FEATURED: From dishwasher to top chef at Radisson Blu Hotel & Kigali Convention Centre

Chef Jose Minuti during the interview at Filini Italian Restaurant. / Photos by Dan Nsengiyumva.

Jose Minuti has just turned 43 years old.

Twenty-three years ago he made a decision that enabled him to establish himself in one of the most sought-after careers in the hospitality industry.

Born in Italy, Minuti has been in culinary art business for over 20 years.

He has attended schools like Le Cordon Bleu Paris, Professional pizza school and Fratelli Calvi.  

Today, Minuti is the Executive Sous-chef at the Radisson Blu Hotel & Kigali Convention Centre. He is in charge of the Kigali Convention Centre Kitchen, and is team leader at the Filini Italian Restaurant.

The New Times had a chat with him, to tell us more about his life, and what the hotel has on offer for this year’s Valentine’s Day.  

How did you start to develop the passion for cooking?

It developed when I was around 20 years old. I was studying in college to be an electrician. When I graduated, I went to London to study English, and, initially, the plan was to spend three months there.

Fresh from school and with no experience, I found a part-time job in a restaurant kitchen as a steward (washing dishes). And that’s where the rest of my career started.

When summer was over, they asked me to stay and was made the in-charge of preparing starters /salad, which was my first promotion. I called my family to tell them I got a job and I will be staying. That’s when I really started to develop more interest in the profession.

Filini Italian Restaurant.

From there, I took culinary courses, went to study pastry in France, and I acquired certificates from Italy.

Were you cooking before going to London?

No! It was my mother who always cooked. Sometimes I think I got my passion for cooking from my mother. She used to work in restaurants.

I wanted to become a football player when I was younger. But I had to respect my parent’s decision and I ended up studying something completely different in University.

Do you have signature dish?

I have many. I specialise in Italian food; including fresh Pasta, Pizza, Risotto, and more. I am keen on making sure I maintain the traditional Italian flavour with contemporary presentation

What are some of your responsibilities as an Executive Sous-Chef?

I have a number of responsibilities – from planning and menu engineering to managing the kitchen team, and mentoring and teaching chefs.

As an Executive Sous-Chef, although not on everyday basis, I still cook but the main responsibility is along with the Executive Chef of the Complex, to manage the team, relationship with suppliers and ensuring that events and the restaurants at the convention centre are well planned for.

It is quite a demanding role, as it requires one to work for long hours and to stay self-motivated. It is difficult to progress in this career, if you don’t have the passion and are constantly on the look-out to perfect your craft.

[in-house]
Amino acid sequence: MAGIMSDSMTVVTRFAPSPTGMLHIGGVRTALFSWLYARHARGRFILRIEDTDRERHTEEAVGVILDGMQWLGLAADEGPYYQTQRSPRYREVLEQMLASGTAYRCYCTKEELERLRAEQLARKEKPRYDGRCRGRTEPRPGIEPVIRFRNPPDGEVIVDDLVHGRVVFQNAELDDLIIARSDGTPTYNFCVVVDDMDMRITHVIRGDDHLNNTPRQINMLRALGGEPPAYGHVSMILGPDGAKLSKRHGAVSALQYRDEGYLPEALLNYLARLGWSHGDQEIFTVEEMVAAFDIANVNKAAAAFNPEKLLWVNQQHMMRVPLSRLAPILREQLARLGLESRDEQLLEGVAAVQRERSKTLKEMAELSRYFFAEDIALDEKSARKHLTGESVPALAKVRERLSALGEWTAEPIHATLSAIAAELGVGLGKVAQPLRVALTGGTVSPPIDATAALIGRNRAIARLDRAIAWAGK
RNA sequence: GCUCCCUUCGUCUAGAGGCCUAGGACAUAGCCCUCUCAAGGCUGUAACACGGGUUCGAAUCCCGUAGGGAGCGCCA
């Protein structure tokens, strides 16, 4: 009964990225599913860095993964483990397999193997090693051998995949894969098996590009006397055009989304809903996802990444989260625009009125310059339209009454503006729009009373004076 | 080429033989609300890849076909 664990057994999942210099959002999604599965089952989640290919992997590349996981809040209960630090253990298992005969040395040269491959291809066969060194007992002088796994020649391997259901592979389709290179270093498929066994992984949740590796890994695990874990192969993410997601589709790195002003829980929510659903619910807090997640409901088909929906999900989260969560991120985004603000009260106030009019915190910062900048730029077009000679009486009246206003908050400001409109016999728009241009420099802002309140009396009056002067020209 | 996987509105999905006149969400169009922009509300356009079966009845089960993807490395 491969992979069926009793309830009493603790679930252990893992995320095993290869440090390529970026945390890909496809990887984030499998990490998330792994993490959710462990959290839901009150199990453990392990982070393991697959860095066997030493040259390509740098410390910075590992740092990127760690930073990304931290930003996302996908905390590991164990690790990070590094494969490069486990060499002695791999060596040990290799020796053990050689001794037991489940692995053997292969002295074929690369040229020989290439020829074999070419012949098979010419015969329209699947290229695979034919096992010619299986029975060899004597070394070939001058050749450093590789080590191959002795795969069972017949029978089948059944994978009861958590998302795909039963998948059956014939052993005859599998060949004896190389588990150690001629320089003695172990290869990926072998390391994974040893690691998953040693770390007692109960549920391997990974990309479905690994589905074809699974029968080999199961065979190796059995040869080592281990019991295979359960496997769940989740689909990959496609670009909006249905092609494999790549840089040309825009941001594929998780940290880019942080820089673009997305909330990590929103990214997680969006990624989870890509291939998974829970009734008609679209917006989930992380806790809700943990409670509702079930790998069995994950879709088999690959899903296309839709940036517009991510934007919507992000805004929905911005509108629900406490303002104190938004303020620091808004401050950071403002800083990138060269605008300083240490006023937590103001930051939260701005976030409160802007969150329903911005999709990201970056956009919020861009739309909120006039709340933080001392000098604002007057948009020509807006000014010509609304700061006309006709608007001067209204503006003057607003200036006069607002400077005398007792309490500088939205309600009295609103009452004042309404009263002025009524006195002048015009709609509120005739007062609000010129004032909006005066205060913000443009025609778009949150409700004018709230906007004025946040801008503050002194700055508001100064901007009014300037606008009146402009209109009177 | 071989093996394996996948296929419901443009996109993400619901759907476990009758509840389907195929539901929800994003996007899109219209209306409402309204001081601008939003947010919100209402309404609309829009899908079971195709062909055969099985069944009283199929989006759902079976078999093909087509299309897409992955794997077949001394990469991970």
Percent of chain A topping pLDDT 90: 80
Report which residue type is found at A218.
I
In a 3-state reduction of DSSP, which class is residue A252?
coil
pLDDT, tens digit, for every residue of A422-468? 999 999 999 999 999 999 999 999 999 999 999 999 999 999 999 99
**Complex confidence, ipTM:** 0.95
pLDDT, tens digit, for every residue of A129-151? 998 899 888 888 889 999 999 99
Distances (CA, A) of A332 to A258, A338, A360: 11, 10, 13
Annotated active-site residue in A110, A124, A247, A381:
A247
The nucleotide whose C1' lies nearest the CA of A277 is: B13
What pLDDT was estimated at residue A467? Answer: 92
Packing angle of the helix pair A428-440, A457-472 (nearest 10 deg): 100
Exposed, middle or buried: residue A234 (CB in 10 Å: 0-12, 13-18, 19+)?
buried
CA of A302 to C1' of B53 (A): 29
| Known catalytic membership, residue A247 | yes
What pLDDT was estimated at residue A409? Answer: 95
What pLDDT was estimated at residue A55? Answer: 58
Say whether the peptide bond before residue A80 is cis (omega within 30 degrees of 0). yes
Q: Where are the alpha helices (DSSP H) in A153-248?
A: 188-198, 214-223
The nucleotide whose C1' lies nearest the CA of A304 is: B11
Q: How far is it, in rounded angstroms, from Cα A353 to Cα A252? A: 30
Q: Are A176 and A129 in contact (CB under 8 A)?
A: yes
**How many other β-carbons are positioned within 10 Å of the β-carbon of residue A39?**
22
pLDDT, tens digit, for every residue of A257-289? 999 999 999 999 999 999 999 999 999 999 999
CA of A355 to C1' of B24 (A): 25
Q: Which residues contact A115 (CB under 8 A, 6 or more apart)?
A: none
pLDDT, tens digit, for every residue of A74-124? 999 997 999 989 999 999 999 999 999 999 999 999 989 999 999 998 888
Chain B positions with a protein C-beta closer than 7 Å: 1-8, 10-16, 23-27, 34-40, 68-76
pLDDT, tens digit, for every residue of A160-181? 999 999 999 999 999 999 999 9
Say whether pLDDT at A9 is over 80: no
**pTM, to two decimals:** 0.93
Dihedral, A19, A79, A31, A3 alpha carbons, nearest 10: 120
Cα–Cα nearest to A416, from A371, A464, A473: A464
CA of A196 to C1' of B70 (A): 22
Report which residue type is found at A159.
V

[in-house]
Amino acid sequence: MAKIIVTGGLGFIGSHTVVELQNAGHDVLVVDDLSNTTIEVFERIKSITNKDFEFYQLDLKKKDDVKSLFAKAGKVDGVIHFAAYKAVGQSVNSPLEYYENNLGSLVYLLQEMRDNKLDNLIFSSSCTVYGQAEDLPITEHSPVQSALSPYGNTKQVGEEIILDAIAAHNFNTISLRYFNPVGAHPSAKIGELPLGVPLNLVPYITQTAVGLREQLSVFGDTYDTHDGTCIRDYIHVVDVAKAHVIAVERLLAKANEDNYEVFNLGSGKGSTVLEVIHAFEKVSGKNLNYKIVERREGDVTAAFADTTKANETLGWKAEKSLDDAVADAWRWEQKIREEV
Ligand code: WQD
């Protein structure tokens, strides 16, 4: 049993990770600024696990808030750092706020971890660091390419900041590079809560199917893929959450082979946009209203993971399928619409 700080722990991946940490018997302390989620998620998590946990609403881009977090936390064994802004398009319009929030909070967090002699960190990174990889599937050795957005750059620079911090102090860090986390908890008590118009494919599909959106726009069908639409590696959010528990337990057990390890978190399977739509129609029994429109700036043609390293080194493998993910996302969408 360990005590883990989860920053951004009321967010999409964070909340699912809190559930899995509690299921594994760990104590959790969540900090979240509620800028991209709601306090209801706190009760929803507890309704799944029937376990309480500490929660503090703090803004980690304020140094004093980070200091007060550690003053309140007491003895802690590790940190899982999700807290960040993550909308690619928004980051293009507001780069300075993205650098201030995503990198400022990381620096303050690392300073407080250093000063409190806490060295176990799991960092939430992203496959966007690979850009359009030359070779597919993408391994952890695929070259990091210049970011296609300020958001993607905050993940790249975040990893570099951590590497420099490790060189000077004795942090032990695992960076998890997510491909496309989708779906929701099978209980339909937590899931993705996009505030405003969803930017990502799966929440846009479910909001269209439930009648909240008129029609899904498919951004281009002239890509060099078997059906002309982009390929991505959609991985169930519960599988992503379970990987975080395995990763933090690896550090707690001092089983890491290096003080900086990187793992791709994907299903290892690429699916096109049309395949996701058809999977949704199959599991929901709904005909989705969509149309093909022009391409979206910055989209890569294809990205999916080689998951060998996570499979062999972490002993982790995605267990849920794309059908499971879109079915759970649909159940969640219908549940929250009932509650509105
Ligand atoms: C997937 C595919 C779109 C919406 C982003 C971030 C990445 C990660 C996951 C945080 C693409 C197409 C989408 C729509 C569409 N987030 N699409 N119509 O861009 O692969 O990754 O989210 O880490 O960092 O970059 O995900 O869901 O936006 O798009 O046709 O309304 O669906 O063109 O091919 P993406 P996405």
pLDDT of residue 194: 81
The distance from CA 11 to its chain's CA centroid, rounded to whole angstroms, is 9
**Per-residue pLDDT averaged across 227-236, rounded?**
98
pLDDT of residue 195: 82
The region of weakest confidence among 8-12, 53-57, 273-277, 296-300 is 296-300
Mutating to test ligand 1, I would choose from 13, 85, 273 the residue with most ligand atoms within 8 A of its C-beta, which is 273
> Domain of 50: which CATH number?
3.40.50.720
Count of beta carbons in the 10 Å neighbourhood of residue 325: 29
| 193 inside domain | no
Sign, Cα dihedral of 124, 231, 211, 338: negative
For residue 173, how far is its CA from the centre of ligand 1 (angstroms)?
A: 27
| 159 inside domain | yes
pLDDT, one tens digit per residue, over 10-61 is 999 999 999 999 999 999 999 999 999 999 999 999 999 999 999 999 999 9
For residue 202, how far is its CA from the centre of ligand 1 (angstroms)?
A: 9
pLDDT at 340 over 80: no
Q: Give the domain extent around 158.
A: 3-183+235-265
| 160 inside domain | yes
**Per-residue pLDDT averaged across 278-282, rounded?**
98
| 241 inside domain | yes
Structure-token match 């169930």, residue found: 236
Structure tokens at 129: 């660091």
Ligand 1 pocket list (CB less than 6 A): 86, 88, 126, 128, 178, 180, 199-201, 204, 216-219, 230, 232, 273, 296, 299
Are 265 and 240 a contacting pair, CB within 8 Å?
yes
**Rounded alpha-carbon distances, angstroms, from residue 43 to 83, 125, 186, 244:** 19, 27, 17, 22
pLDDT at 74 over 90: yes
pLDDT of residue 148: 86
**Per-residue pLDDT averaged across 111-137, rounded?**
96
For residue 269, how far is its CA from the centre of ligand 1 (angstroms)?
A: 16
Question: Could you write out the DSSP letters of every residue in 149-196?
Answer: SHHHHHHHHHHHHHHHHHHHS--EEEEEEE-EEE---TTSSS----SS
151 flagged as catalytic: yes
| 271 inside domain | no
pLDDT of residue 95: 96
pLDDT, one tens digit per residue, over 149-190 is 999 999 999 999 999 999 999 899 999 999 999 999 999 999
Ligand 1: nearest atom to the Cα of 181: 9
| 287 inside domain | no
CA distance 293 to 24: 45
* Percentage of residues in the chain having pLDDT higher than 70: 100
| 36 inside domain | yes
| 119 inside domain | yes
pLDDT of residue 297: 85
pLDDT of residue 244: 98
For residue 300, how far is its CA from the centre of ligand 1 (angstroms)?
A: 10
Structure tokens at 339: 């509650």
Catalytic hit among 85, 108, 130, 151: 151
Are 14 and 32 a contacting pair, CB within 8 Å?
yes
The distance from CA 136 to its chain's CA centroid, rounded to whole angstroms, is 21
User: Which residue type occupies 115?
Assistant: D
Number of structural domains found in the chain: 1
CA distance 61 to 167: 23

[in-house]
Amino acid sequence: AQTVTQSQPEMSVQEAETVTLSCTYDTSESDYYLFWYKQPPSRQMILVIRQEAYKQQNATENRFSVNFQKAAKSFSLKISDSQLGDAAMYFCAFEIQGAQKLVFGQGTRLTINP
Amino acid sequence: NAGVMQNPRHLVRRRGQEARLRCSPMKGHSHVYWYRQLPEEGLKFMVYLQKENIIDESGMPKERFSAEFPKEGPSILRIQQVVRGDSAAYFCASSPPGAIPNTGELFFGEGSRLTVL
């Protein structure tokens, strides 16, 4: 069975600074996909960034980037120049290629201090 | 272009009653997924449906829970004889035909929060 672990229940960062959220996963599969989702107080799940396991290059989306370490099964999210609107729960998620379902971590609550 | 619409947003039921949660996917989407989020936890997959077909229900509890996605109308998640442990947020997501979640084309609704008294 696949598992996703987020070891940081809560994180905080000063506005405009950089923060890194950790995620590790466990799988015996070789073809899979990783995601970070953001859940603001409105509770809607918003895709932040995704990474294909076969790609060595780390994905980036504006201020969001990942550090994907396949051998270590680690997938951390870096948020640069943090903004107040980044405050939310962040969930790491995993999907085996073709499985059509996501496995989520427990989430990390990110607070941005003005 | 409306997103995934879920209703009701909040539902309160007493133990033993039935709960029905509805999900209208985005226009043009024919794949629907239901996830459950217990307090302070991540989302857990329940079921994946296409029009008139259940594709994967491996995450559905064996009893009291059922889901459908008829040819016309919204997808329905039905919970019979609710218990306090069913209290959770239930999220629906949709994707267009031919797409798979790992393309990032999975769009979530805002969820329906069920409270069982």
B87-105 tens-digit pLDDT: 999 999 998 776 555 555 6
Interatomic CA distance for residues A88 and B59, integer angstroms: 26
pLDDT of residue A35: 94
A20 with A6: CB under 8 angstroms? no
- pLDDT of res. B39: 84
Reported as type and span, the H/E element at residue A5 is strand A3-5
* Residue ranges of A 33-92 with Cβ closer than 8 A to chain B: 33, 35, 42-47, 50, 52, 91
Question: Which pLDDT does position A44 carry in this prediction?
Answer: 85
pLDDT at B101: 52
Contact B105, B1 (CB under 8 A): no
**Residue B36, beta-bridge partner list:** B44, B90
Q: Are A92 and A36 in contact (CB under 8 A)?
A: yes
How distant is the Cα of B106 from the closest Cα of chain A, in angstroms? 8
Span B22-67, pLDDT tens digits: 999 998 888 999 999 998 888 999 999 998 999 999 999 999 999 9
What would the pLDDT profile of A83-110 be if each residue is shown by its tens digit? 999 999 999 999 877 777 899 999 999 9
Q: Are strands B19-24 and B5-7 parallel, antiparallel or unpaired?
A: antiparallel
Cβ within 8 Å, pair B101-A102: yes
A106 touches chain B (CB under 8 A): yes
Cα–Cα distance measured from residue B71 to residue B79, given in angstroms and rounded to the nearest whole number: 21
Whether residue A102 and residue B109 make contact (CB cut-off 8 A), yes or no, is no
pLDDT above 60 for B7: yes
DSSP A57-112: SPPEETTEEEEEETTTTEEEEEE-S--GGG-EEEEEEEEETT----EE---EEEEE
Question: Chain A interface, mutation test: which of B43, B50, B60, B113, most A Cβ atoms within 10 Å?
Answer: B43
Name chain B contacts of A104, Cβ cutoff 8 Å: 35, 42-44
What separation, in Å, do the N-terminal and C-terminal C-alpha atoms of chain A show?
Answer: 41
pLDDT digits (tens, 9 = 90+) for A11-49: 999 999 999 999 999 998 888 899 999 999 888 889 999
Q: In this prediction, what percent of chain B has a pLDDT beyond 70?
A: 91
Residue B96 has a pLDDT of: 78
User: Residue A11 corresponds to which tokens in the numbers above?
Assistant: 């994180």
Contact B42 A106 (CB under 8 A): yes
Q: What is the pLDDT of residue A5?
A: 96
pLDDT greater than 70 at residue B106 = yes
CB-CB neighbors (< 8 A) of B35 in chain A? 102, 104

Do you think we have enough local chefs?

Not enough, but much better than back when we started out, almost four years ago. I see more and more people choosing this career path. You know Rwanda is still new in this business, but I see many new restaurants and hotels coming up, even new culinary schools.

We have an internship programme where students from culinary schools come to train for three months, not only in the kitchen, but in all the departments.

I am confident that in the near future, we will have more Rwandan chefs leading the kitchen teams in hotels and restaurants. We already have good local chefs working at the hotel and convention centre.

What is a good day for you? And what don’t you like to see during work?

When we have two-three thousand people is a good day for me. It means we are busy. Which requires us to plan for buffet setups and timings according to the number of delegates and programme of the day and in different locations; Piazza, Larder, KCC …

We always say ‘you cook, then clean, immediately.’ The kitchen needs to be kept clean and tidy at all times.

Do you have a unique Valentine’s dining experience?

Yes, we do! We will have a five-course menu at Filini Italian Restaurant; starter soup, sorbet to refresh your mouth, then we have the main course where you choose between beef or chicken, and a dessert, at Rwf40,000 per person, including a glass of Prosecco.

We will also have live-music performance, if maybe a couple wants to have a marriage proposal, this is the ideal place.  

We also have an extensive buffet spread at Larder restaurant for Rwf30,000 per person.

Do you have any new projects at Filini?

We have new menus coming. We are doing trainings of the menu’s dishes, which we will launch next month. 

editor@newtimesrwanda.com

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